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Category Archives: Young Adult/Teen

The Hate U Give by Angie Thomas

f043712f-4655-4c8a-b60f-fca1e4c6ca9fSixteen-year-old Starr Carter has two selves: one who attends an upscale prep school in suburbia, and the other who lives in a poor neighborhood in gang territory. One night while she’s at a neighborhood party, Starr escapes from gang-related gunfire with Khalil, an old childhood friend. As they are driving home, Khalil is pulled over by the police for a broken tail-light, and a horrified Starr is the only witness to his murder. He was unarmed.

As protests and riots begin and the media frames Khalil as a drug dealer and thug, Starr realizes she is the only one who can speak out for the truth and justice for Khalil’s murder. However, if she speaks, it will change her life and endanger her and her family…

 

This has been THE YA BOOK to read for 2017, so I’ve been waiting a few months to finally be able to get my hands on it.  I was SO not disappointed. This book was so real to me. It’s likely to be one I will never forget and must become a classic for YA, a touchstone for this point in history we’re experiencing. It was inspired by the Black Lives Matter movement, and shows an example of why this movement has happened. Even if you’re against BLM, I challenge you to read this book, to see a different perspective, and then make up your mind on the movement.

It brings to life real people, true emotions, and gives a raw, heartwrenching glimpse into events that have been happening in places all over the country. It forces you to confront your own views or stereotypes of different ideas, such as Khalil’s being framed as a drug dealer and therefore his murder “negated” by him selling drugs.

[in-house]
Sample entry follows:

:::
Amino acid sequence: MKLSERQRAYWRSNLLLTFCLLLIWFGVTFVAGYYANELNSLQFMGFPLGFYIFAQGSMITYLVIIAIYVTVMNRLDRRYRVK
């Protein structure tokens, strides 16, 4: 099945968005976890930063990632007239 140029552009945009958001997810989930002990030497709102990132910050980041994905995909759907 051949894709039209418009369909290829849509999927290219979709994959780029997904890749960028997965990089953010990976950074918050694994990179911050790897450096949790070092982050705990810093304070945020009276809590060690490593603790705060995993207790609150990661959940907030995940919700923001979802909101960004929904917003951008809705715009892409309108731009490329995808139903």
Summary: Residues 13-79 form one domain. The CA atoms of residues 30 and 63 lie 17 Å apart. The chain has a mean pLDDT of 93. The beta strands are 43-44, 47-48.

Tempted to write him off?

Starr wrestles with the idea, because his own mother is a drug addict, and why would Khalil ever sell something he hated that deprived him of a mother? In short, *SPOILER* it was either do this and save his mother’s life or let her be killed for her debts. Mightn’t you do something desperate to save a parent? A sibling? A child?

Readers, be aware that this book pulls no punches. There’s violence, language, drug references…it’s for a more mature audience than middle schoolers. However, this book is full of so much empathy that I was crying and laughing in various points. There were some awesome quotes that I have to share, some are just ones I loved or laughed at (see quotes below slideshow), but others speak to a deeper meaning.

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Note: Some image quotes I created myself on my phone. That is small, so forgive me for not adding quotation marks or the book title. 🙂

* * *

“Problem is it would’ve taken Black Jesus to convince my parents to let me come [to a Garden party]. Now Black Jesus will have to save me if they find out I’m here.”

* * *

“But after Khalil I’m more like a Taylor Swift song. (No shade, I fucks with Tay-Tay, but she doesn’t serve like nineties R&B on the angry-girlfriend scale.)”

* * *

“‘She hasn’t acted like a mom to him! Now all of a sudden, he’s her baby? It’s bullshit!’

Momma smacks the counter, and I jump. ‘Shut up!’ she screams. She turns around, tears streaking her face. ‘That wasn’t some li’l friend of hers. That was her son, you hear me? Her son!’ Her voice cracks. ‘She carried that boy, birthed that boy. And you have no right to judge her.'”

* * *

“Daddy claims the Hogwarts houses are really gangs. They have their own colors, their own hideouts, and they are always riding for each other, like gangs. Harry, Ron, and Hermione never snitch on one another, just like gangbangers. Death Eaters even have matching tattoos. And look at Voldemort. They’re scared to say his name. Really, that ‘He Who Must Not Be Named’ stuff is like giving him a street name. That’s some gangbanging shit right there.”

* * *

“Maverick, I don’t give a flying monkey’s ass what your problem is, just be there for your daughter. Please?”

* * *

“A lump forms in my throat as the truth hits me. Hard. ‘That’s why people are speaking out, huh? Because it won’t change if we don’t say something.’

‘Exactly. We can’t be silent.’

‘So can’t be silent.’

. . .

This is bigger than me and Khalil though. This is about Us, with a capital U; everybody who looks like us, feels like us, and is experiencing this pain with us despite not knowing me or Khalil. My silence isn’t helping Us.”

* * *